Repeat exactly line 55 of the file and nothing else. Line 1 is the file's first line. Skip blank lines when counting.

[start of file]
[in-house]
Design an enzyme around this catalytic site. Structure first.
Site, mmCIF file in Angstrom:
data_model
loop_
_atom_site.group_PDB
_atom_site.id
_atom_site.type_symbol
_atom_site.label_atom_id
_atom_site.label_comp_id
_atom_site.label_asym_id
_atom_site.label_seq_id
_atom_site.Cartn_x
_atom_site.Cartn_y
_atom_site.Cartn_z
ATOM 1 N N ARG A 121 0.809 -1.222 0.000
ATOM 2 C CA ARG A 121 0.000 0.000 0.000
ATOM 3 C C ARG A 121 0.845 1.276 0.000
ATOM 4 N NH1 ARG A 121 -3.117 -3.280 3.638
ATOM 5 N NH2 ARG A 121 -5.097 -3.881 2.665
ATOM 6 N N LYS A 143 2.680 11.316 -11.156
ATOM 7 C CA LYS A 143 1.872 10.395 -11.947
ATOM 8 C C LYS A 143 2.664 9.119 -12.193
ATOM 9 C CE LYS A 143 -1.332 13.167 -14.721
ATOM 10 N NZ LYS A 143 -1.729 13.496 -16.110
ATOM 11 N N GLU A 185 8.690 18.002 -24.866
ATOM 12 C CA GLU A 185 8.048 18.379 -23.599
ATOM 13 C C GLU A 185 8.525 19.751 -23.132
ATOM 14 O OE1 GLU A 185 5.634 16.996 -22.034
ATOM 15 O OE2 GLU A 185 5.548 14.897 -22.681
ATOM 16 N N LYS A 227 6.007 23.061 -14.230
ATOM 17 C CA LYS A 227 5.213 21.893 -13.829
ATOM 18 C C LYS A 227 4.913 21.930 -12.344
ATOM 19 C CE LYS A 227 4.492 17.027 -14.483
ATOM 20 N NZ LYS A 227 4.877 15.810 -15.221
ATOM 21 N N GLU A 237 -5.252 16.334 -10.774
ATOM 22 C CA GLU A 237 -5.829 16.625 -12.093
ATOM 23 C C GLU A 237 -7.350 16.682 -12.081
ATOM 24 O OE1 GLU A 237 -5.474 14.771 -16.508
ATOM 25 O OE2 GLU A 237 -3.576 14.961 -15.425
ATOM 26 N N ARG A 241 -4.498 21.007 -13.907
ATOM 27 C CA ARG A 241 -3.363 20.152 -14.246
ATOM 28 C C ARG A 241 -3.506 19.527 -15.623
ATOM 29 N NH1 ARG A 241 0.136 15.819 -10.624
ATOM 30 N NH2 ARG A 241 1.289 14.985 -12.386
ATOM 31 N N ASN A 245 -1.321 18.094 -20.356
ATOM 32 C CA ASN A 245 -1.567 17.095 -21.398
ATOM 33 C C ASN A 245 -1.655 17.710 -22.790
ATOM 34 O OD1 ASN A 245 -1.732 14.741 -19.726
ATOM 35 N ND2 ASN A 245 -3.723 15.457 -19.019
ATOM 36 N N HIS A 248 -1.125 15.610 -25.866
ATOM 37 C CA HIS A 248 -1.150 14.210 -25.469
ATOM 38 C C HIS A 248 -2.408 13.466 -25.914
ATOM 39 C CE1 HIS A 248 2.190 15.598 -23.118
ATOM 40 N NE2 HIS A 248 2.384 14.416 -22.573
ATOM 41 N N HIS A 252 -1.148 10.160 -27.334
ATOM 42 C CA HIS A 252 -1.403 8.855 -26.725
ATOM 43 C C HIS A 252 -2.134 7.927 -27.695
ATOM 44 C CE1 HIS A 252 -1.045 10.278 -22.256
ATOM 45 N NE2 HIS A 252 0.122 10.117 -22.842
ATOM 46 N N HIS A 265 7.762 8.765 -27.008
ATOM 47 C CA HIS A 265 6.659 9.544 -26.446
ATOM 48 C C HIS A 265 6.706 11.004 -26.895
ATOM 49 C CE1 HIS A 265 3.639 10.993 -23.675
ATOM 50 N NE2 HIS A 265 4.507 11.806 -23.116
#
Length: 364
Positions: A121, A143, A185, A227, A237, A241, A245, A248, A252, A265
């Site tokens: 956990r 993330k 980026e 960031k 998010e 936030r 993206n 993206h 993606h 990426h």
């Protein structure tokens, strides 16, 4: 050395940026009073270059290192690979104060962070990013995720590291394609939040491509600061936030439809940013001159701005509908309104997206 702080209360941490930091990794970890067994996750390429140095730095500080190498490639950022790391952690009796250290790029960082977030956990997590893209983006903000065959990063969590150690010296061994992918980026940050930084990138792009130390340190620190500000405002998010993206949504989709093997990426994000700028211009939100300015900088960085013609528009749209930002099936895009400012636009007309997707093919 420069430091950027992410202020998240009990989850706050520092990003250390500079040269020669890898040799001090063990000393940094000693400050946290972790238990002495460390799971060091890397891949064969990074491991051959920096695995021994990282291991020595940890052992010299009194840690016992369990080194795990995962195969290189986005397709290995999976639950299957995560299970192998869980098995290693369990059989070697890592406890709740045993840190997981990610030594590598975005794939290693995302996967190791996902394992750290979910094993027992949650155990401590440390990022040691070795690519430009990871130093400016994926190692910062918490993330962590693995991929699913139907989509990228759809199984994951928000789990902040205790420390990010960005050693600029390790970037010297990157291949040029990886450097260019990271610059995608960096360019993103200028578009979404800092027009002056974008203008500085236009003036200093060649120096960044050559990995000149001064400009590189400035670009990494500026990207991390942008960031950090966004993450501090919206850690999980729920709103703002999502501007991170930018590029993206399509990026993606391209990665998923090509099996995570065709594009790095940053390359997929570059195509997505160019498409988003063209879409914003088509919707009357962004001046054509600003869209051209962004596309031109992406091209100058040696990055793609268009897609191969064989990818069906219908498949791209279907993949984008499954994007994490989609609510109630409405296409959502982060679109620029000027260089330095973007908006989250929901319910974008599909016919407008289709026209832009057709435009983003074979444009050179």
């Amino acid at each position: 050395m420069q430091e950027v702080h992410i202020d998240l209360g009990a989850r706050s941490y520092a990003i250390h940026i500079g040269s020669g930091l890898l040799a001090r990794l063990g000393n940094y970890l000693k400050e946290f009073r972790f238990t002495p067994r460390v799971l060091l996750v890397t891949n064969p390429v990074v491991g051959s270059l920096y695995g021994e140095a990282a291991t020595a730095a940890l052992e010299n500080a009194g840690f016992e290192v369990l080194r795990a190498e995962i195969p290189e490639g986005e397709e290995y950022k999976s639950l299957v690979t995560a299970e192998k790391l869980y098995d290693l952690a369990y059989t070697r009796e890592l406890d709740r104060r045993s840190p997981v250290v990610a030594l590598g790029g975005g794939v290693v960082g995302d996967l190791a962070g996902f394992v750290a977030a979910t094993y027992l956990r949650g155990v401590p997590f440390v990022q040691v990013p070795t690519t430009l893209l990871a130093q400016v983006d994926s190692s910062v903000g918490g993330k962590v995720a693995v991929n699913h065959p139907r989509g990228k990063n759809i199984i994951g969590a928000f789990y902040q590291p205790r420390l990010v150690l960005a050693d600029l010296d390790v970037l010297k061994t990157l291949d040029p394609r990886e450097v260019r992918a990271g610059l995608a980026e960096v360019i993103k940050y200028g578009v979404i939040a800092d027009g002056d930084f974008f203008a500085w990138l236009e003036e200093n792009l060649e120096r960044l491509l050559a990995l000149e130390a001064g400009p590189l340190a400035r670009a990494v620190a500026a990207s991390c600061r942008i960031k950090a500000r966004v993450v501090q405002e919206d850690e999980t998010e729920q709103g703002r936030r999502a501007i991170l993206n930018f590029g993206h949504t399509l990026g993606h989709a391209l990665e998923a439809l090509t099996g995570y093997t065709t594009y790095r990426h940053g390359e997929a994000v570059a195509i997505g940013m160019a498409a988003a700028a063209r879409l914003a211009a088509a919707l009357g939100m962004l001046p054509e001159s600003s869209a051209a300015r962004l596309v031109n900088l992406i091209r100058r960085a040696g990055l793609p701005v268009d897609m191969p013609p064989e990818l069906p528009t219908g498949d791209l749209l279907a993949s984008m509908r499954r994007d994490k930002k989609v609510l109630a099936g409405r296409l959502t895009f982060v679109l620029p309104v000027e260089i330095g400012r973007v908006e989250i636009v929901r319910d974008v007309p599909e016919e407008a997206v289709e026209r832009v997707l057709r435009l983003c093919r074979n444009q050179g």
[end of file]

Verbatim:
ATOM 40 N NE2 HIS A 248 2.384 14.416 -22.573